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acquired characters acquired variations acters action adapted adult animals and plants average become birds body breeding cells centrosome certainly changes chemical compound chromosomes conception conclusion congenital characters congenital variations course cross-breeding Darwin definite lines descent determinate variation difficulty direct discontinuous variation discussion disuse divergence divergent evolution duced effect environment evident fact fittest forces germ plasm germ substance germinal groups habit hap-hazard hereditary influence inheritance of acquired instincts isolation Lamarckian factors Lamarckism large number living matter mean method of evolution modified natural selection naturalists number of individuals occur offspring organic evolution origin of species parents principle problem produced protoplasm question race recognized regard reproductive result scientists sexual reproduction sexual union simply specific characters spermatozoon starfish structure struggle for existence study of variation supposed survival theory of heredity tion to-day variations appear vidual Weismann Weismann's theory
Page 410 - Earth Sculpture ; or, The Origin of Land-Forms. By JAMES GEIKIE, LL.D., DCL, FRS, etc., Murchison Professor of Geology and Mineralogy in the University of Edinburgh ; author of " The Great Ice Age,
Page 410 - Springfield Republican. 6. — Bacteria : Especially as they are related to the economy of nature, to industrial processes, and to the public health. By GEORGE NEWMAN, MD, FRS (Edin.), DPH (Camb.), etc., Demonstrator of Bacteriology in King's College, London. With 24 micro-photographs of actual organisms and over 70 other illustrations. 8°, $2.00.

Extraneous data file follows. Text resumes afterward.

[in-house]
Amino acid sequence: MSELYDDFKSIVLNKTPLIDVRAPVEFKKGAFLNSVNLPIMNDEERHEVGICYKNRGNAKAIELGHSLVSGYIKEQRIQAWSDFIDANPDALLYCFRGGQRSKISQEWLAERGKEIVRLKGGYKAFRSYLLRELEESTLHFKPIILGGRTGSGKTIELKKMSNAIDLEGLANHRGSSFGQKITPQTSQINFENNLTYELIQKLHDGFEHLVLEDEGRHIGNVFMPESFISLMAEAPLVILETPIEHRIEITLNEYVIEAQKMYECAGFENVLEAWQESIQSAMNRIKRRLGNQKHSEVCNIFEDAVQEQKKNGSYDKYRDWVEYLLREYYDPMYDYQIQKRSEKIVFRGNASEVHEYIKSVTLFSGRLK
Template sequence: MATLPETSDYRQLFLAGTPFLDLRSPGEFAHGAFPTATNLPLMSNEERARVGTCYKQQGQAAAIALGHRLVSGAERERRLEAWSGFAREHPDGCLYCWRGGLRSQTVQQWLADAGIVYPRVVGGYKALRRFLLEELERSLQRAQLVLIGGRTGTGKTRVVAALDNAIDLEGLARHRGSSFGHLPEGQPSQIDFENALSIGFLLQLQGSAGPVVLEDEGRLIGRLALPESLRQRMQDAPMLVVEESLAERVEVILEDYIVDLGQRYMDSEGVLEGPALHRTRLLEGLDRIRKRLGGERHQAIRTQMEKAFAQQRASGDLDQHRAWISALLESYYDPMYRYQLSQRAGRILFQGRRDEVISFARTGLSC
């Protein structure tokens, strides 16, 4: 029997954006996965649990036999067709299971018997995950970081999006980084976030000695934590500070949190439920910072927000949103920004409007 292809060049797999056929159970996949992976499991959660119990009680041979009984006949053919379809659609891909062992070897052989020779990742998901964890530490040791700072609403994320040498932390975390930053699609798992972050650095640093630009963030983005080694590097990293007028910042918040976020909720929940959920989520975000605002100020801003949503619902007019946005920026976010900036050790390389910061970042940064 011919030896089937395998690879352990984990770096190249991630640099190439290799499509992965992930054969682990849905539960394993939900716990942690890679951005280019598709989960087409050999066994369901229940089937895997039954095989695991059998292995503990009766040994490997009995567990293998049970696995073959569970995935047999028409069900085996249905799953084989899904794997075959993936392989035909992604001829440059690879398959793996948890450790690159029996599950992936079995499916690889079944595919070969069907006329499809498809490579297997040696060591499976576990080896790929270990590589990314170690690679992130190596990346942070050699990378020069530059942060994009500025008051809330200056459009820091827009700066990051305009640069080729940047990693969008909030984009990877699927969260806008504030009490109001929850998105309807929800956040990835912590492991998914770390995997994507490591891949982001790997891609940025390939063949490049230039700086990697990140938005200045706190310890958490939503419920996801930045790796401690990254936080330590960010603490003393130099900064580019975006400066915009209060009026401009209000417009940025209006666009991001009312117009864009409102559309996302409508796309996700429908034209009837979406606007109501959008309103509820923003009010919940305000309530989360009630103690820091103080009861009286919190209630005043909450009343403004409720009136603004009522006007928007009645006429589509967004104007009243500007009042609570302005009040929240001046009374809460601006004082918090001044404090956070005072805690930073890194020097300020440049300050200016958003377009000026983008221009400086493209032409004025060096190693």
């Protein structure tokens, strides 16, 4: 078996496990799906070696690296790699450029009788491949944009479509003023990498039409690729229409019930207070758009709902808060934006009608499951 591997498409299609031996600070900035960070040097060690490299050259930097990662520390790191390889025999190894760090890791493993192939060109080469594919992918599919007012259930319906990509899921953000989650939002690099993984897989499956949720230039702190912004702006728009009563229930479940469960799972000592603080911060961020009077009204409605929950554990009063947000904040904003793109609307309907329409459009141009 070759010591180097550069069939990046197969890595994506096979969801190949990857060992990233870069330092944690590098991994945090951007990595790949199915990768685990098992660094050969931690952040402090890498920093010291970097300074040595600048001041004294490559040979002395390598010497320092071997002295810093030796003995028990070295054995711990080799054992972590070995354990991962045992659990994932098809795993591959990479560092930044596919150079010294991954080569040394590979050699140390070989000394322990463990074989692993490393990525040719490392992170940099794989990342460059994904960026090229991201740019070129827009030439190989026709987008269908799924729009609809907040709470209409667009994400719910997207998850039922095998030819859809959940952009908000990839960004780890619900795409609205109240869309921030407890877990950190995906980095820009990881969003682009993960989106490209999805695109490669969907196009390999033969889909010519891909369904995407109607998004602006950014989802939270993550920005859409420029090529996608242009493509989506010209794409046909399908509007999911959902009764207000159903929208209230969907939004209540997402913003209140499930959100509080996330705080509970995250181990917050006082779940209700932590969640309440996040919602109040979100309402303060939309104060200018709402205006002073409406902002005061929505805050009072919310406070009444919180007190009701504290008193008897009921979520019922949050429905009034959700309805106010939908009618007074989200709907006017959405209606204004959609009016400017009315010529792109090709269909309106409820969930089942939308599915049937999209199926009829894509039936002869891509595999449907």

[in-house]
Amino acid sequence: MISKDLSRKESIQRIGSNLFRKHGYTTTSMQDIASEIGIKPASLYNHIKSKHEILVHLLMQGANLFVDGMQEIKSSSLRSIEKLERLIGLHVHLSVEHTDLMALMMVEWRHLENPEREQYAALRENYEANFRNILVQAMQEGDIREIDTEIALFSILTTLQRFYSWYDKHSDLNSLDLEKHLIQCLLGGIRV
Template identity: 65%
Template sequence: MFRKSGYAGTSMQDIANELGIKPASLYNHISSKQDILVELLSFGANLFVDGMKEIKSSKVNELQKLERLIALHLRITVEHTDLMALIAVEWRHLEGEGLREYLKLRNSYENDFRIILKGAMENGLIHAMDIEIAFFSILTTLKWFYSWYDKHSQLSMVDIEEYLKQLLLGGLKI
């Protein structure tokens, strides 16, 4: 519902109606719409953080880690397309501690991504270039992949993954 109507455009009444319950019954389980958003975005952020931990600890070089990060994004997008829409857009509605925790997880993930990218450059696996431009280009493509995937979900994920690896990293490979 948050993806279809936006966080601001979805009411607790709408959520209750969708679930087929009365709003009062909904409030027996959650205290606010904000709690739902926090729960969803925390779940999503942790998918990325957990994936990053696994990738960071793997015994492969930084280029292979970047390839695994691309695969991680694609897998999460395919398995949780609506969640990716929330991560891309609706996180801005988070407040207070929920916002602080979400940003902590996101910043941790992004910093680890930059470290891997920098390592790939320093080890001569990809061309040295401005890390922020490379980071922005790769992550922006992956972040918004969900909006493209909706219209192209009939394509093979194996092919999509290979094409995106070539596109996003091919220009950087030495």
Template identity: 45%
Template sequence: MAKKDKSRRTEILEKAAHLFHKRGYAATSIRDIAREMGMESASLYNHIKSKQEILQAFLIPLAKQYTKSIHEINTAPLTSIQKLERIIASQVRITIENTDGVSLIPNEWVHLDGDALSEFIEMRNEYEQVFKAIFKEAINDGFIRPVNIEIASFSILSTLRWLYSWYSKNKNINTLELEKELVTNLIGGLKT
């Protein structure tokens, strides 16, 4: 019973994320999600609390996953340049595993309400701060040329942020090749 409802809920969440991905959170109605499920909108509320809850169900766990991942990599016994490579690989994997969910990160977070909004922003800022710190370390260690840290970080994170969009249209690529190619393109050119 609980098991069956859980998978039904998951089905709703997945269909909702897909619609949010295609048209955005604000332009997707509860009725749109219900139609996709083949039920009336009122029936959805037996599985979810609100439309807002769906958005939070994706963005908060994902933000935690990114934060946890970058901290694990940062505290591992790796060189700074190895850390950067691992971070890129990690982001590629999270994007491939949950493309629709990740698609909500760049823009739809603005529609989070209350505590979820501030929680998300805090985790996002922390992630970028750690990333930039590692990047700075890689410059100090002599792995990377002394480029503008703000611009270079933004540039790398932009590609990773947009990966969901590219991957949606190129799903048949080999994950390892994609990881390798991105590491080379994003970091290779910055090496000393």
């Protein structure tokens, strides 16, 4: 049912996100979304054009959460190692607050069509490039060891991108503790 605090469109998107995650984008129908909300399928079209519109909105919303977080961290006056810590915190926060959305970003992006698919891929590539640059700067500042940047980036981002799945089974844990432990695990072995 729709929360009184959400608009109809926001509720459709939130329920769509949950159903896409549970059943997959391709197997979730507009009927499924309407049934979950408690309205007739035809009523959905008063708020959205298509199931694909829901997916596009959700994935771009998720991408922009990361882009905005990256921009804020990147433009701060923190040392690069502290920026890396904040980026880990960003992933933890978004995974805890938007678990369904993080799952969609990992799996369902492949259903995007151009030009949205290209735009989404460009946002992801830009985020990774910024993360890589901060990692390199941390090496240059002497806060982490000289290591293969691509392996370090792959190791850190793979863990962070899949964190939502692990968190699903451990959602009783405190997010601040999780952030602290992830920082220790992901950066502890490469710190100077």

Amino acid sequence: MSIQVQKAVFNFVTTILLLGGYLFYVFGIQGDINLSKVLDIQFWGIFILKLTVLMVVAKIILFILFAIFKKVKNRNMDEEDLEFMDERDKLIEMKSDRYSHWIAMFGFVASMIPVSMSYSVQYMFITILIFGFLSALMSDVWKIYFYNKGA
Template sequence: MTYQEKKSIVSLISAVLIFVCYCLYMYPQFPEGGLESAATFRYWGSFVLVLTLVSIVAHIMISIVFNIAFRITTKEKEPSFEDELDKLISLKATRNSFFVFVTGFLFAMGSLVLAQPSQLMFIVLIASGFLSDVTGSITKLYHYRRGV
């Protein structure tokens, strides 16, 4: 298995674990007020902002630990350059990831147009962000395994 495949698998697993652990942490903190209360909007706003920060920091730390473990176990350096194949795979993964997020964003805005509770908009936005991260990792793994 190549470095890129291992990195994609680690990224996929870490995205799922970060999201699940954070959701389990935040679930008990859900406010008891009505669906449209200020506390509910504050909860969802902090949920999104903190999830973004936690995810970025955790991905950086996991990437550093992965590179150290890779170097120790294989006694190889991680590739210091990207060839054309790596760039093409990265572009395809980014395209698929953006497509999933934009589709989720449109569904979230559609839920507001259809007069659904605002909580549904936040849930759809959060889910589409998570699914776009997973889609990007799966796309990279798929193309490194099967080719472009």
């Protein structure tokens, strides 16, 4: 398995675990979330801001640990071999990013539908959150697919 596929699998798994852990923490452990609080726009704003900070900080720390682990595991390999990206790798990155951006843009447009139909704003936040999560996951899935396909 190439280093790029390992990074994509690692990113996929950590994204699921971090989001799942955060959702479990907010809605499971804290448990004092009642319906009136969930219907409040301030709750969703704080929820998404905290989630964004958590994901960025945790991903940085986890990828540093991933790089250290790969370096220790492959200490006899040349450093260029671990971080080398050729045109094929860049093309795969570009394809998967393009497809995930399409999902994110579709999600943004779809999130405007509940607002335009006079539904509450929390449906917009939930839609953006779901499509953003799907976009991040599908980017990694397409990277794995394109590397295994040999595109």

Page 409 - The results of modern science are of use in nearly every profession and calling, and are an essential part of modern education and culture. A series of scientific books, such as has been planned, should be assured of a wide circulation, and should contribute greatly to the advance and diffusion or scientific knowledge.
Page 410 - The Basis of Social Relations. A Study in Ethnic Psychology. By DANIEL G. BRINTON, AM, MD, LL.D., Sc.D., Late Professor of American Archaeology and Linguistics in the University of Pennsylvania ; Author of "History of Primitive Religions," " Races and Peoples," " The American Race,
Page 410 - New Haven Leader. 3. — Rivers of North America. A Reading Lesson for Students of Geography and Geology. By ISRAEL C. RUSSELL, Professor of Geology, University of Michigan, author of ** Lakes of North America," ** Glaciers of North America,'* *' Volcanoes of North America,
Page 409 - Columbia University, with the cooperation of FRANK EVERS BEDDARD, FRS, in Great Britain. Each volume of the series will treat some department of science with reference to the most recent advances, and will be contributed by an author of acknowledged authority. Every effort will be made to maintain the standard set by the first volumes, until the series shall represent the more important aspects of contemporary science. The advance of science has been so rapid, and its place in modern life has become...
Page 409 - The Science Series Edited by Professor J. MCK.EEN CATTELL, Columbia University, with the cooperation of FRANK EVERS BEDDARD, FRS, in Great Britain. Each volume of the series will treat some department of science with reference to the most recent advances, and will be contributed by an author of acknowledged authority. Every effort will be made to...
Page 410 - ... scientific treatment we know of of the origin and development of land-forms, and we immediately adopted it as the best available text-book for a college course in physiography. . . . The book is full of life and vigor, and shows the sympathetic touch of a man deeply in love with nature."— Science.
Page i - Review of the Present Attitude of Science toward the Question of the Laws and Forces which have brought about the Origin of Species, 1900 : pp.
Page 72 - ... survival of the fittest, and of these that are thus killed doubtless some are superior to those that survive. This principle of indiscriminate elimination does not in the slightest deny the force of the principle of survival of the fittest, but only indicates that its action is not absolutely rigid. The fittest do not always survive, for many of them are destroyed.